Injured cyclist calls for more tolerance of vulnerable road users

A cyclist left seriously injured after being knocked off his bike is calling for the roads to be made a safer place with better relationships between motorists and riders to avoid a ‘them and us’ mentality which can pose significant risks to vulnerable road users.

Craig Goff-Cooper has called for more to be done to increase awareness of the dangers faced by cyclists on the roads, in light of the significant increase in accidents during the COVID-19 pandemic.

With more people getting on their bikes during lockdown, many of whom have not cycled for years previously, the roads currently contain substantially more cyclists than before the pandemic.

Craig, who was left with a fractured skull and brain injury after a hit-and-run accident in July last year, is calling for greater tolerance from motorists to help ensure cyclists are protected and able to feel safe.

He is adding his weight to Road Safety Week 2020, organised by road safety charity Brake, which runs from Monday 16th to Sunday 22nd of November. He is also is championing efforts made by Sintons to highlight the particular dangers faced by vulnerable road users, including cyclists.

“Sadly on many occasions we seem to have a ‘them and us’ situation. Many motorists seem to see cyclists as lycra-clad wannabe Tour de France riders who don’t stop at red lights, and there is a lot of frustration from their side about what they see as this inconvenience,” says Craig, owner of Ride Electric, E bike specialists based in Tynemouth.

“Drivers can be impatient and determined to get past, and for all the high visibility equipment, lights and cameras cyclists may be wearing, it doesn’t make a difference. We need to see a change in behaviour.

“We need to leave people, both motorists and cyclists, in no doubt about the dangers of the roads, particularly for the more vulnerable users, and what a huge impact it can have if someone is injured.”

Craig himself was seriously injured while cycling in Tynemouth, when a car attempted to overtake and turn across his path, causing a collision and catapulting him over the handlebars. The driver did not stop and has not been traced.

“This was completely life-changing for me,” says Craig, a father-of-two.

“There are so many effects which I have to live with. My long and short-term memory is not great at all, if I don’t take a photograph or notes, I probably won’t remember something. My family are great but it’s very frustrating.

“The effects of my injury aren’t ideal as a business owner, and it would be a struggle to do it single-handedly, but thankfully I have a great team.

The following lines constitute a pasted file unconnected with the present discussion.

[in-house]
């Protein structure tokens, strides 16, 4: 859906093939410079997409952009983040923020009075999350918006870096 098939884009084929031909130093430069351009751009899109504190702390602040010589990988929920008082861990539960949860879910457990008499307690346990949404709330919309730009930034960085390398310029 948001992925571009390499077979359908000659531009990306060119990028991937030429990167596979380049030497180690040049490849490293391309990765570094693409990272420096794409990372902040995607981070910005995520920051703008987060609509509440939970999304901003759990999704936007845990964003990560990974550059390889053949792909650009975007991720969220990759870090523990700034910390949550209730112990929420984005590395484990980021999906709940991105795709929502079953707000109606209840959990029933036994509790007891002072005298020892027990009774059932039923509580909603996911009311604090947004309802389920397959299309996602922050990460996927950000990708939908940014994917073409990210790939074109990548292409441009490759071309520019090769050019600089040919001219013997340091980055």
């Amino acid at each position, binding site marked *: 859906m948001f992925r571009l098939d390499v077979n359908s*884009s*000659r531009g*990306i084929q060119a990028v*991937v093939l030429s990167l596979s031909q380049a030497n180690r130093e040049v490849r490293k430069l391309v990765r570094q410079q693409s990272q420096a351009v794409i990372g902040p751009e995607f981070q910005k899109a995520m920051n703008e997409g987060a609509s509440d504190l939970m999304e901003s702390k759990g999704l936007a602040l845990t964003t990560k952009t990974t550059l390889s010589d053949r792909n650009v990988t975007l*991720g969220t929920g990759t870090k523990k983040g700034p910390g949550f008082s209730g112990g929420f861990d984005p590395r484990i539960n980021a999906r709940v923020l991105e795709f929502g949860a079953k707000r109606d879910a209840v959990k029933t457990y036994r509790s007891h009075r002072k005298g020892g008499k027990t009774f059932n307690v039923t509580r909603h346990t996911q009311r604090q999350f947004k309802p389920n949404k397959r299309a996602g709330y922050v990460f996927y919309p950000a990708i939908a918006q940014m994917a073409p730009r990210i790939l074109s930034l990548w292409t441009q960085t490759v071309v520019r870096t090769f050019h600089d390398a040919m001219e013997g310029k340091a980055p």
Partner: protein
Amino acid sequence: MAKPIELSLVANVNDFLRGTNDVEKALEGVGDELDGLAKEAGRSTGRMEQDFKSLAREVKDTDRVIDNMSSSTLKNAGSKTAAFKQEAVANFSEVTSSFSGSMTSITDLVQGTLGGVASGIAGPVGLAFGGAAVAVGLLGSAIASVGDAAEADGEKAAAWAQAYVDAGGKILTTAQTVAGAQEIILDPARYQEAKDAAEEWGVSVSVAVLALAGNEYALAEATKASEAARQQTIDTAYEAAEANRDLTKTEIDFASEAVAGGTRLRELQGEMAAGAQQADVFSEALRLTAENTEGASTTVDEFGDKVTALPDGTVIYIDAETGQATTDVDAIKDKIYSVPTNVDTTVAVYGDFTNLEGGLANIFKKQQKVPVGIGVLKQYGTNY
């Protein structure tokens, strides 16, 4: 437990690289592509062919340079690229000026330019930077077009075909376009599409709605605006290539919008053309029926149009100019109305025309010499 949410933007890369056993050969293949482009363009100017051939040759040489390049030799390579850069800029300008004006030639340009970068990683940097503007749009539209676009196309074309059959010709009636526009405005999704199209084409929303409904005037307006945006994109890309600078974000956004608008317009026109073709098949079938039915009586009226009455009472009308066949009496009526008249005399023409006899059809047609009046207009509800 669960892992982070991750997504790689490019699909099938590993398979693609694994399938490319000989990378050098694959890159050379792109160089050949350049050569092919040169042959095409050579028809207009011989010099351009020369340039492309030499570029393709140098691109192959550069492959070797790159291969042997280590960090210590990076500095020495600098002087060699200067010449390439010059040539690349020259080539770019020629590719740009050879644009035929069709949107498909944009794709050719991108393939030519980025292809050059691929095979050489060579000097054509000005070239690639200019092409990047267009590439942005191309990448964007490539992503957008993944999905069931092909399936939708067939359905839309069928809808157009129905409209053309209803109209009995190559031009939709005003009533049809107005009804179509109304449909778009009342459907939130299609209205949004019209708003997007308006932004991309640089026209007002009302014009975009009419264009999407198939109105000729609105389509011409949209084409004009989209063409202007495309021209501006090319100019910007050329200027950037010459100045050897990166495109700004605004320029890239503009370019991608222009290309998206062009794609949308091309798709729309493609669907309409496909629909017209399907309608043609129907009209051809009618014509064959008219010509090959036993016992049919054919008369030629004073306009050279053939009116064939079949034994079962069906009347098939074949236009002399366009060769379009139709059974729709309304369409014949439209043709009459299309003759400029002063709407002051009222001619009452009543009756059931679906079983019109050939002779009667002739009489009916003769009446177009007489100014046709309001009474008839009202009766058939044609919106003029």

“I still have so many emotions about what happened, and do still think about why this driver didn’t stop, but I have to get on with my life.”

As owner of Ride Electric, Craig is also clear about the need for better awareness around the capabilities of electric bikes.

“There are more and more people who are commuting to work using e-bikes, so they can leave their car at home but and not arrive all hot and sweaty. I always make sure they have all the right safety equipment, but we also do a test run before they buy it, so they know what e-bikes are capable of,” he says.

“I don’t think a lot of motorists are aware, and e-bikes do catch them out. They can accelerate away from a junction or roundabout quite quickly, which a lot of drivers don’t expect them to do, so I think this has to be an area where we need to have more awareness.”

As a keen cyclist, but also someone who has been injured, Craig is a passionate champion of the need for riders to be as safe as possible on the roads.

“As a result of the pandemic, most of the shops have sold out of bikes because so many people have wanted to get out cycling,” says Craig.

“Through the Government’s bike repair scheme, where people were given £50 to get out on their bikes, we were seeing bikes which were 20 to 30 years old coming out onto the roads. Whole families were digging out bikes which had been unused and in their garages for years.

“While there were some great efforts made to ensure their safety during the pandemic – North Tyneside Council have been putting cycle lanes along the sea front and through Whitley Bay, and Newcastle City Council have also been doing similar things – we remain a long way behind where we need to be. We’re 30 to 40 years behind the infrastructure of Holland.

“But until we can get to that point, we need to do all we can to make the roads safer for everyone, but particularly for those more vulnerable road users, for whom the consequences of being hit can be life-changing or worse.”

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